Want to make your company more efficient? Don’t promote people based on merit–do it at random. That’s the conclusion of a study from Alessandro Pluchino and his team at the Universitá di Catania. Pluchino’s study is one of the winner’s of this year’s Ig Nobel prize, a parody of the Nobel Prize given by the Annals of Improbable Research for achievements that “first make people laugh, and then make them think.”
The efficiency study is based on the Peter principle, a principle named after Canadian psychologist Laurence J. Peter that postulates, “Every new member in a hierarchical organization climbs the
hierarchy until he/she reaches his/her level of maximum incompetence.”
The study explains:
Here we show, by means of agent based
simulations, that if the latter two features actually hold in a given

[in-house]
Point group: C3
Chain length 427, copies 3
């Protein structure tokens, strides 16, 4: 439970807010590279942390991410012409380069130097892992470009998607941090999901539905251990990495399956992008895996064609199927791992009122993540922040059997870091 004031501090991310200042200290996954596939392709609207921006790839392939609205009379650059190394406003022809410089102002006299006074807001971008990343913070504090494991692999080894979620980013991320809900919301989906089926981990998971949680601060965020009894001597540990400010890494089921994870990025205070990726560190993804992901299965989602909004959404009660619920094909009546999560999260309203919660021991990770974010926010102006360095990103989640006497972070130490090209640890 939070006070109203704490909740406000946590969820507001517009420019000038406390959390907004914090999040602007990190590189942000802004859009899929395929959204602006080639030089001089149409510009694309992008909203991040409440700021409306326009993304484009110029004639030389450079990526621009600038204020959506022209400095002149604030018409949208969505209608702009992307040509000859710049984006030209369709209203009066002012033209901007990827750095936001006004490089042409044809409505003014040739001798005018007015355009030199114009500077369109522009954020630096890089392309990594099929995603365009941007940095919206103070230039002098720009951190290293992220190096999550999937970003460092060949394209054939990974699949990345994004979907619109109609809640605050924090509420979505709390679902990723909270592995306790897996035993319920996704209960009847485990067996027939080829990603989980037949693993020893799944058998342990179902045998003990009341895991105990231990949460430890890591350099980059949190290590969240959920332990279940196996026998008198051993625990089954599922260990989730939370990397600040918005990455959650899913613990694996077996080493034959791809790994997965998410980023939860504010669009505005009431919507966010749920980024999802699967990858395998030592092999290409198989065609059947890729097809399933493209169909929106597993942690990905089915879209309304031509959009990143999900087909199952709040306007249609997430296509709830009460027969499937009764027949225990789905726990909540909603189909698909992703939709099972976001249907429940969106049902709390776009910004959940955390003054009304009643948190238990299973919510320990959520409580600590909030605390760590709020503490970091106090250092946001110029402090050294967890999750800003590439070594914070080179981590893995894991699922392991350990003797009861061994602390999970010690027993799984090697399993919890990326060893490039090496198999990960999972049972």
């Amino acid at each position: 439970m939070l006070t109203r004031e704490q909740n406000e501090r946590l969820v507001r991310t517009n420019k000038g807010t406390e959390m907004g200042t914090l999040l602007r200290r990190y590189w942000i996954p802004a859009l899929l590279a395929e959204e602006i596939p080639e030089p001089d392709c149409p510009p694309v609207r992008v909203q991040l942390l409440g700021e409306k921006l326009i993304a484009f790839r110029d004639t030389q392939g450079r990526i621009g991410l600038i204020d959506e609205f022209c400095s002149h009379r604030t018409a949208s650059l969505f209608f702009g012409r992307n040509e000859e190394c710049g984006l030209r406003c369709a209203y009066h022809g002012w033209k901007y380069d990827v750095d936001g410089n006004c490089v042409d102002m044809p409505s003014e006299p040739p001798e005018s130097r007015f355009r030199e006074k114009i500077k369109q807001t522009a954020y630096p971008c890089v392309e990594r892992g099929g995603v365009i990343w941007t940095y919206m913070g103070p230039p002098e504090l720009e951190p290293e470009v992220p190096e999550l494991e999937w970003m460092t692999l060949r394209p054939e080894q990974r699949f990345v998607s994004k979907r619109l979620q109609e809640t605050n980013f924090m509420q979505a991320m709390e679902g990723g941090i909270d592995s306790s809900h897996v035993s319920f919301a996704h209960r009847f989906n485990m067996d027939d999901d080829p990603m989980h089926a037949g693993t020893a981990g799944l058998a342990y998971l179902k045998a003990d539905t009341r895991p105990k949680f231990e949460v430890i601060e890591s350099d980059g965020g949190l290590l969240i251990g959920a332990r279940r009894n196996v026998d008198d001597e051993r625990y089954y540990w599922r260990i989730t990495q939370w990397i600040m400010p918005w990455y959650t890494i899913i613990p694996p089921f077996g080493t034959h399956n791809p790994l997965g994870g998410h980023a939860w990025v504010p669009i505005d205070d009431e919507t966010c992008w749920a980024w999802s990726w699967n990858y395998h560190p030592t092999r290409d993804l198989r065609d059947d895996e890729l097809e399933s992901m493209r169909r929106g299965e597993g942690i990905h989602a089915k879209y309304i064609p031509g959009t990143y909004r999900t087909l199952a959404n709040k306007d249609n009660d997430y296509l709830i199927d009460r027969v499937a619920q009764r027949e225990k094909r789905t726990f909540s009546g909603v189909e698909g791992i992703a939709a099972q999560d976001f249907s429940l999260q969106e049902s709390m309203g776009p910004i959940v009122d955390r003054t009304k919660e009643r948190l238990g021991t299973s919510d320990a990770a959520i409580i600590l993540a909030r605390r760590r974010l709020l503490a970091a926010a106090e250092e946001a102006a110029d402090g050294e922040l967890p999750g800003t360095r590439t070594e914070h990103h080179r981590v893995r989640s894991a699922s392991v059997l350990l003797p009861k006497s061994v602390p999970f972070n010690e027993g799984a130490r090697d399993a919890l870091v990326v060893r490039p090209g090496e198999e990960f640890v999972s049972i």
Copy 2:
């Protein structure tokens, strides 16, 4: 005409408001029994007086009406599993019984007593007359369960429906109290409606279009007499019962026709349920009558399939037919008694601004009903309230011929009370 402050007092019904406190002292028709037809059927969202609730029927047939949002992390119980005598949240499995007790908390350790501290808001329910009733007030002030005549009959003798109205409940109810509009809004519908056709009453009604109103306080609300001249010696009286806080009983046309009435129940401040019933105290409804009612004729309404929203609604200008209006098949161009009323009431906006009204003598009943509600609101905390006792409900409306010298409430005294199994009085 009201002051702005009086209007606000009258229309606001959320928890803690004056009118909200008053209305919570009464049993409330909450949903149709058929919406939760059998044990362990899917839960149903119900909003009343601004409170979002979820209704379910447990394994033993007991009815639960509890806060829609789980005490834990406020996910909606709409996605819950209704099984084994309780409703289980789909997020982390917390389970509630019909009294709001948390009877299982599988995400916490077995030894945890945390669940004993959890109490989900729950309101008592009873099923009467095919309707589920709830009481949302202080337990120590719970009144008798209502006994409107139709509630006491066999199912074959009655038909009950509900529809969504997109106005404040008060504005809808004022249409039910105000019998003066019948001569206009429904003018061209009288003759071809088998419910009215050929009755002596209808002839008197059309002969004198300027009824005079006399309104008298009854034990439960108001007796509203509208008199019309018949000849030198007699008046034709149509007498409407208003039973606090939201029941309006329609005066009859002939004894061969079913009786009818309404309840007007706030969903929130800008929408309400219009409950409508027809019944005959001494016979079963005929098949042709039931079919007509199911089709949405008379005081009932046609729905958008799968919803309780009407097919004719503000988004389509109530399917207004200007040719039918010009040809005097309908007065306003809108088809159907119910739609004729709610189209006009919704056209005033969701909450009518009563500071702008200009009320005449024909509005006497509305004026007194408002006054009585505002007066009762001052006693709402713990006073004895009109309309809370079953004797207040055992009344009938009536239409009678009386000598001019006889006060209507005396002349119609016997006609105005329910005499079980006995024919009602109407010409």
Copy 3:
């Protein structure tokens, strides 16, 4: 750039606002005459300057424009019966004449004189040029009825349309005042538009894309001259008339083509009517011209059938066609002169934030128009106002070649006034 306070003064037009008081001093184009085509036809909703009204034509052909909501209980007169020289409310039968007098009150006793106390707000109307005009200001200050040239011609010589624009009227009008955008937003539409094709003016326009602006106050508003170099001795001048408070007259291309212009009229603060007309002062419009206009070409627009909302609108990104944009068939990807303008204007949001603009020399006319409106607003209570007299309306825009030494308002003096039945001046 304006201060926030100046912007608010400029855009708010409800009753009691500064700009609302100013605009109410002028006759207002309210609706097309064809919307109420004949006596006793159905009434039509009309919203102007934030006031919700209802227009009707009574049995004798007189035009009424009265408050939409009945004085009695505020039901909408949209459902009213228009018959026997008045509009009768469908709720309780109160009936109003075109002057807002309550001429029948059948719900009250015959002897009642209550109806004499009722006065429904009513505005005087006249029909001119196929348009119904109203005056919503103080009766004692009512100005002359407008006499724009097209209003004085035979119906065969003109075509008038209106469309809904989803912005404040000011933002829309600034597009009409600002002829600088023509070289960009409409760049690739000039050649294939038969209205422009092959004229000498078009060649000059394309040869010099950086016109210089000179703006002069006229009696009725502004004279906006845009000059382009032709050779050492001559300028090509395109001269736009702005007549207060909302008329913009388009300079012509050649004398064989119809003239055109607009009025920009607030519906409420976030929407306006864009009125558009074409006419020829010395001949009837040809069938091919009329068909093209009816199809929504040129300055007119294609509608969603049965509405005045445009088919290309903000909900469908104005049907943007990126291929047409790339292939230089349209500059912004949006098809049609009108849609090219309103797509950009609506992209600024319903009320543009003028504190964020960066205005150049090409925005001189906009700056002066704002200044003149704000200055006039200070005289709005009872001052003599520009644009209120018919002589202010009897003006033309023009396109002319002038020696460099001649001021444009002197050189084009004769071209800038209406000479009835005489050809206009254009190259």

model of an organization with a hierarchical structure, then not only
is the Peter principle unavoidable, but also it yields in turn a
significant reduction of the global efficiency of the organization.
Within a game theory-like approach, we explore different promotion
strategies and we find, counterintuitively, that in order to avoid such
an effect the best ways for improving the efficiency of a given
organization are either to promote each time an agent at random or to
promote randomly the best and the worst members in terms of competence.
So in mathematical terms, at least, it makes the most sense to promote incompetence–sometimes.
The other winners of the Ig Nobel prize are equally strange and thought-provoking. They include a study that shows how asthma symptoms lessen on roller-coaster rides, a remote-controlled helicopter that captures whale snot, and a study that documents oral sex in fruit bats. Check out the full list of winners here.